THE NICE GUYS
Director: Shane Black
Starring: Russell Crowe, Ryan Gosling, Angourie Rice, Matt Bomer, Kim Basinger, Margaret Qualley, Murielle Telio, Ty Simpkins
Porn and Ryan Gosling. No, it’s not that kind of movie. The year is 1977 and the porn scene in Los Angeles is just as hot as ever. It’s no secret that young boys have a tendency to sneak nudie magazines from underneath their parents’ bed. What you don’t expect is to come face to face with the centerfold model. That very thing happens to a young boy (Simpkins) when a car comes crashing through his house. He goes to investigate the crash and finds Misty Mountains (Telio) sprawled out dead and in the same position as he just found her in the magazine. The death of Misty Mountains is just a small part of the investigation at hand. Ryan Gosling plays Holland March, a private eye who’s a bit clumsy and thinks he has his act together. In all reality, he usually comes up a few pieces short of the full puzzle. He’s hired to find a missing girl by the name of Amelia Kuttner (Qualley) and the details of her disappearance are slim. He is also hired by Misty’s aunt who believes she saw her niece alive shortly after her supposed death. Joining him in the search is detective Jackson Healy (Crowe) who is known as the “real life tough guy” according to a magazine cover. He’s the no-nonsense type with his brass knuckles ready to lay down the law. It’s a stark contrast to Holland’s way of getting to the bottom of the situation. The character of Amelia is kept a mystery, but it’s a forgone conclusion that she’s somehow involved in the porn scene when a variety of Misty’s coworkers keep popping up dead. The Holland/Jackson duo later becomes a trio when Holland’s daughter Holly (Rice) tags along for the ride. She becomes the smart, logical one of the group despite her young age.
The brain behind this operation belongs to writer/director Shane Black. His credits all align within the action and comedy realm having directed the noir hit Kiss Kiss Bang Bang (2005) and Iron Man 3 (2013) as well as writing the scripts for the first three Lethal Weapon films. He’s also had a few other less-than-stellar titles in the mix like Last Action Hero (1993) and The Long Kiss Goodnight (1996). His career really took a sharp turn for the better when he was able to direct his own scripts. I haven’t fully studied his career, but it’s evident with The Nice Guys that he has such a distinct vision with his writing that it could easily veer in the wrong direction with an incapable director.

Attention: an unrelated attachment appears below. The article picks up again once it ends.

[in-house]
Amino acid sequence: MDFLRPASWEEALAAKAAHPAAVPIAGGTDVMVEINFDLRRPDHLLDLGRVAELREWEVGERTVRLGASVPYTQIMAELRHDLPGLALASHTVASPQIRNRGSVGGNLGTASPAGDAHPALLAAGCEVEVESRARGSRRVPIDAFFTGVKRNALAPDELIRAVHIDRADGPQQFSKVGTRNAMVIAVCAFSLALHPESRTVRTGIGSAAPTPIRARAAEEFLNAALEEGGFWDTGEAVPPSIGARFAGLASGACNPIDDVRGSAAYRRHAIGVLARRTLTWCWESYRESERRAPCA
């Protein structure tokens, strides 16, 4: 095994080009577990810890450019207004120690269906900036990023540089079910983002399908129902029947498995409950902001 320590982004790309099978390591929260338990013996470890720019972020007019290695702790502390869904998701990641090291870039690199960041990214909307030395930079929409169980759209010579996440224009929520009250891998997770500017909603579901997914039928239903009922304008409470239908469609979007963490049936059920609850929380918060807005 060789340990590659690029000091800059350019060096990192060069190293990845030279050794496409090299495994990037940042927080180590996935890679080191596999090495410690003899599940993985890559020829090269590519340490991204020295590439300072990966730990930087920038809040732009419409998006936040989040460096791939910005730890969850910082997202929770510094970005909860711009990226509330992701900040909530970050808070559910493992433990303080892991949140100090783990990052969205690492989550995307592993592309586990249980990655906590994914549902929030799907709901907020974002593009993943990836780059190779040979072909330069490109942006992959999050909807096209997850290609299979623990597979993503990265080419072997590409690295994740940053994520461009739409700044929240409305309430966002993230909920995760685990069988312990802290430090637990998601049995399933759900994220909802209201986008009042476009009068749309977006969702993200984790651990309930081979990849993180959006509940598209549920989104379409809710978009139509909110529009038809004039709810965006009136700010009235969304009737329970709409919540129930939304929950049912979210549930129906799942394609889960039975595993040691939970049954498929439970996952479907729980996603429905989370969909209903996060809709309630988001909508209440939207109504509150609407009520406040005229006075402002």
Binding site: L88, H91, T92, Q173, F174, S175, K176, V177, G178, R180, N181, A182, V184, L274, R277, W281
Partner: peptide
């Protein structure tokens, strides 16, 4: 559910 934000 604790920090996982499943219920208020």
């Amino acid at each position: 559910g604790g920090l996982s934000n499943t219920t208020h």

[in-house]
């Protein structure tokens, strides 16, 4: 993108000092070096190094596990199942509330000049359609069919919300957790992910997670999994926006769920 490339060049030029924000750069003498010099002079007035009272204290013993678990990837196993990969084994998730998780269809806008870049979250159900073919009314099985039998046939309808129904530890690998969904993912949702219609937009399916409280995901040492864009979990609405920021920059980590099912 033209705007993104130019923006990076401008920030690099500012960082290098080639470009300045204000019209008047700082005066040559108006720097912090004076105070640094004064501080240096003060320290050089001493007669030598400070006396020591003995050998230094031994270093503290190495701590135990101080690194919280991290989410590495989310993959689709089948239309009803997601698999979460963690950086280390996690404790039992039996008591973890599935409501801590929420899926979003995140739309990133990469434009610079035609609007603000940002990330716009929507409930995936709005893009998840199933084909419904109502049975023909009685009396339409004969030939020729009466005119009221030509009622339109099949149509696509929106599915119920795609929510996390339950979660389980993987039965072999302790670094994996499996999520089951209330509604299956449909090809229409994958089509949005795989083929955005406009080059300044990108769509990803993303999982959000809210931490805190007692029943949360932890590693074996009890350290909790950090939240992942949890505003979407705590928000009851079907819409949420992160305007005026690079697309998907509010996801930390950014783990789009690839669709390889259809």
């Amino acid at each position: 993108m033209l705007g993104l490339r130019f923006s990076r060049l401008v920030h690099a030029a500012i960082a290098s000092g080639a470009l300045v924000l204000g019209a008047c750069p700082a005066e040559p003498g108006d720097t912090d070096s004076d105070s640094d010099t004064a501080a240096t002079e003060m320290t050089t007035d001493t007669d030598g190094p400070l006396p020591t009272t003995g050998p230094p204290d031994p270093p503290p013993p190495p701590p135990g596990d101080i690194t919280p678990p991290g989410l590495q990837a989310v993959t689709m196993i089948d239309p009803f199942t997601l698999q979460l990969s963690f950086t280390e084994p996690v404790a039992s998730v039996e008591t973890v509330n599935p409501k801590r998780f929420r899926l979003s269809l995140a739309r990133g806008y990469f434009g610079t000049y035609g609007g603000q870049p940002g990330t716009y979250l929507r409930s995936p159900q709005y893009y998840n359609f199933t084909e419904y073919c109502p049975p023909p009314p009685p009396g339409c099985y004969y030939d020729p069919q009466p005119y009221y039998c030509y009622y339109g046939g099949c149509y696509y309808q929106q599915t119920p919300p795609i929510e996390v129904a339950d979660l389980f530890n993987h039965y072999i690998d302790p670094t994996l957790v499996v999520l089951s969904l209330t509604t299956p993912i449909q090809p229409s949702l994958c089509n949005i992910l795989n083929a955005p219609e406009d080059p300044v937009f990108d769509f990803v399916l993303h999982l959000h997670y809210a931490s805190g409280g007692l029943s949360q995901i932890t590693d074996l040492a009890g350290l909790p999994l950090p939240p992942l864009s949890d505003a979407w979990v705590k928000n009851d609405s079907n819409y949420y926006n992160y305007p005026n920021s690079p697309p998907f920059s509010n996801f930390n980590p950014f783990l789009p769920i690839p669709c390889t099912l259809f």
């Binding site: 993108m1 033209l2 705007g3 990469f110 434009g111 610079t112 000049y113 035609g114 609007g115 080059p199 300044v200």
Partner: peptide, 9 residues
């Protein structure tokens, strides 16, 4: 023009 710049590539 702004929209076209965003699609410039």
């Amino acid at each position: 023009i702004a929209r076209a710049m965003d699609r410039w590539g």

It has the perfect balance of comedy and action working in tandem with each other. The genre blend of these two has been growing lately with the likes of 21 Jump Street, Tropic Thunder, and Keanu. The comedy in those film gears toward lowbrow and easier laughs with the central characters caught in situations beyond their control. I’m not trying to shame or lessen their laugh factors, but point out how different The Nice Guys is with the balance. It’s just as much an action film as it is a comedy. Black knows how to meticulously choreograph action scenes to play them like physical comedy gags without them feeling hokey. Some you can envision being storyboarded while others play on the comedy rule of three. This has very dark and witty material for which the tone may not appeal to everyone. At one point Gosling states, “You made a porno film where the point was the plot.” I can just imagine half the audience leaving the theater claiming they just don’t “get it”, while the other half leaves with a devilish grin on their face.
Gosling and Crowe make for a sharp team together. I would never have expected Russell Crowe to star in one of the funniest movies of the year. This is probably the loosest we’ve seen him on screen, even with him playing the tough guy. It’s by far his best performance in many years. Gosling gets to be erratic and goofy. He’s not the smartest private eye, which helps with the comedy. He’s also great at playing hot head characters who are out of control. Kim Basinger arrives in the second half as Amelia’s mother. She and Crowe get to have a nice little L.A. Confidential reunion despite her limited screen time. Matt Bomer eventually pops up and plays against type as a shady character named John Boy.
The 1970s time period provides for groovy costumes, bad wigs, wild parties, and nutty characters along the way. I had said grin on my face the entire time as I got a kick out of the ridiculous nature of it all. It’s twisted, but oh so much fun. The two leads are genuinely having a great time with their characters, and in turn makes it all the easier to go along on their buddy cop routine. While I’m not necessarily wishing for a sequel, I wouldn’t rule it out either, as there is potential for more fun and mishaps to be had with these characters.
Is It Worth Your Trip to the Movies? Crowe and Gosling, oddly enough, make for a great comedic duo.
RATING: 4 out of 5 TICKET STUBS